WHEN Roberto Martinez was at Wigan Athletic, he would sign off his programme notes with the Spanish words "Sin miedo".
The message was simple: no fear. He no longer uses it as his sign-off as Everton manager, yet it is a philosophy that is already beginning to permeate the old fabric of Goodison Park during what has been a hugely impressive start for the Spaniard on Merseyside.
Instead of the widely anticipated awkward transition from the David Moyes era, Everton have lost just once in the Premier League this season and will actually travel to Old Trafford for tomorrow's reunion with Moyes two points and three places better off than their old manager's Manchester United side.
It is their best start since 2004/05 – the season Moyes led them to fourth place – and as befits the style of their relentlessly positive manager, Martinez now wants Everton to go to Old Trafford and do something they never managed under his predecessor: win.
"We need to address that," he said yesterday. "We have had one defeat in 13. It is the next test and the next challenge – can we go to the big places like Old Trafford, the Emirates, Anfield and Stamford Bridge and get wins?"
With Wigan he achieved victories at Anfield and the Emirates and his reflections on the mental approach required for such successes was instructive. "When you go into those environments you have individual performances and sometimes players get hyper. Others get a little big cagey and can't be themselves. Then you have the manager's mentality which in a way sets the performance."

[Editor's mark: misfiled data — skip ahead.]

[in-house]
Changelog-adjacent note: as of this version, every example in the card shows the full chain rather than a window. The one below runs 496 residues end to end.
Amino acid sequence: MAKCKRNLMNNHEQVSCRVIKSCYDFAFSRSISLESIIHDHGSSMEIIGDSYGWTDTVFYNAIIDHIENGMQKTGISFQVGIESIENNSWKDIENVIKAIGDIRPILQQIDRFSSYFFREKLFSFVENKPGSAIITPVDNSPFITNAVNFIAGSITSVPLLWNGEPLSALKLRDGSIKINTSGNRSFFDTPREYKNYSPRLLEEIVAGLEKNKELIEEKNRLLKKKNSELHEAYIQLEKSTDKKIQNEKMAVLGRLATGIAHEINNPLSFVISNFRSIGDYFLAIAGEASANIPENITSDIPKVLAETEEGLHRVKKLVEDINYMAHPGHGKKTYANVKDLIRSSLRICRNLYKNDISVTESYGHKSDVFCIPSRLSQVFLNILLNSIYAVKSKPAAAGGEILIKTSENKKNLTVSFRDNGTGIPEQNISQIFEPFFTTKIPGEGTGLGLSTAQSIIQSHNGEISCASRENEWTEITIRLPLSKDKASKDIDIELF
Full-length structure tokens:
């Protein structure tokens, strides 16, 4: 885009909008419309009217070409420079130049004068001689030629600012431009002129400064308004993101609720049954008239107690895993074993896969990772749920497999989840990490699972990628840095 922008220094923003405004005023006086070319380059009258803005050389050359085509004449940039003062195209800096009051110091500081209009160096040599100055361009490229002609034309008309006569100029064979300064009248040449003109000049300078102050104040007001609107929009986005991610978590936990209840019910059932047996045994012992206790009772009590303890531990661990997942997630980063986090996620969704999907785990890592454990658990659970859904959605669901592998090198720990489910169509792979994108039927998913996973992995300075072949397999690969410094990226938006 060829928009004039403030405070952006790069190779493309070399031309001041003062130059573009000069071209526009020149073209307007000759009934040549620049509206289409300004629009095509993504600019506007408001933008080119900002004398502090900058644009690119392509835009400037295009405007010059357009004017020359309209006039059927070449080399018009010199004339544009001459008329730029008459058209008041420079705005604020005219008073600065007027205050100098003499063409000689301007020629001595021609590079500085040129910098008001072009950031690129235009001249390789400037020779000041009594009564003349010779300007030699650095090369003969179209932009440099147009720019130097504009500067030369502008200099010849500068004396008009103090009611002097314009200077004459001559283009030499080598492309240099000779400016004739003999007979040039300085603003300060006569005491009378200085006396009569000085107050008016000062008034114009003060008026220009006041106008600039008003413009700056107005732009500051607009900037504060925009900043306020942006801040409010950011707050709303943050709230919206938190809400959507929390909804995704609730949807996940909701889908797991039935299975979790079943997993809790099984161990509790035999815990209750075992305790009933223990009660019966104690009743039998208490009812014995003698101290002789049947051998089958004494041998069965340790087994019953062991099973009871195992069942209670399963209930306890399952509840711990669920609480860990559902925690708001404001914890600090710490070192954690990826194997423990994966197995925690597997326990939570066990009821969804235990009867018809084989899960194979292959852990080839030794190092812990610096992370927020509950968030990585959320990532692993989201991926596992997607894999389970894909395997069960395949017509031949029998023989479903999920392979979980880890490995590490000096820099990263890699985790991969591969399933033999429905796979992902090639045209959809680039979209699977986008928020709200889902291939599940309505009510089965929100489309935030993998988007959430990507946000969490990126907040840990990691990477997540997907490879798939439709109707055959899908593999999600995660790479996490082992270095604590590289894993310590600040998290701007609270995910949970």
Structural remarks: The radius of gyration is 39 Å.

Martinez's 'sin miedo' approach is about his team being themselves – to "be brave and (try to) win games rather than just being in a position where you want to keep a clean sheet" – was evident in the Goodison derby two weekends ago when his response to Leighton Baines' injury was to send on winger Gerard Deulofeu.
Phil Jagielka admitted at the club's player of the month lunch last week that at the time he could not understand how such a change would work yet it did as Everton took the game to Liverpool, creating chance after chance in a thrilling 3-3 draw.
"Under David Moyes it would be a like-for-like change but Roberto saw the opportunity to get the young kid on and take the game to Liverpool and it worked," said Graeme Sharp, the former Everton striker.
Reflecting on Martinez's overall impact, Sharp believes the signings of James McCarthy, Gareth Barry and Romelu Lukaku have been pivotal.
Indeed, in Chelsea loanee Lukaku, Everton have the scoring threat Moyes seldom enjoyed at Goodison, where only in one season did he have a striker, Yakubu, breaking the 20-goal mark. Another positive for Sharp has been Martinez's willingness to give Ross Barkley the prominent role he was still waiting for under Moyes.
Of course the playing style has changed too. "He's got them playing more football from the back," Sharp said. "You've seen Jagielka and (Sylvain) Distin have more possession than they ever had under Moyes because it's very much the two centre-backs who get it and start attacks at the back."
The statistics from Prozone Sports show that Everton are averaging more possession than last season – 55.66 per cent compared with 51.53 per cent last term.
There have been times they have looked ponderous with all their possession and, curiously, they have both scored and conceded fewer goals than they had at this stage last season, undermining the simplistic perceptions people might have of both Moyes and Martinez.
The Spaniard himself praised the inheritance Moyes bequeathed him and said his ambition was only to add to it. "I've always said I want to change many things without losing anything – that means what was done previously worked, it was successful.
And what will the Scot see of his old team tomorrow? "There are different players now. We have four or five players who never worked with him. I think we've got players who are refreshed, ready for this week and all I want is for them to enjoy their football."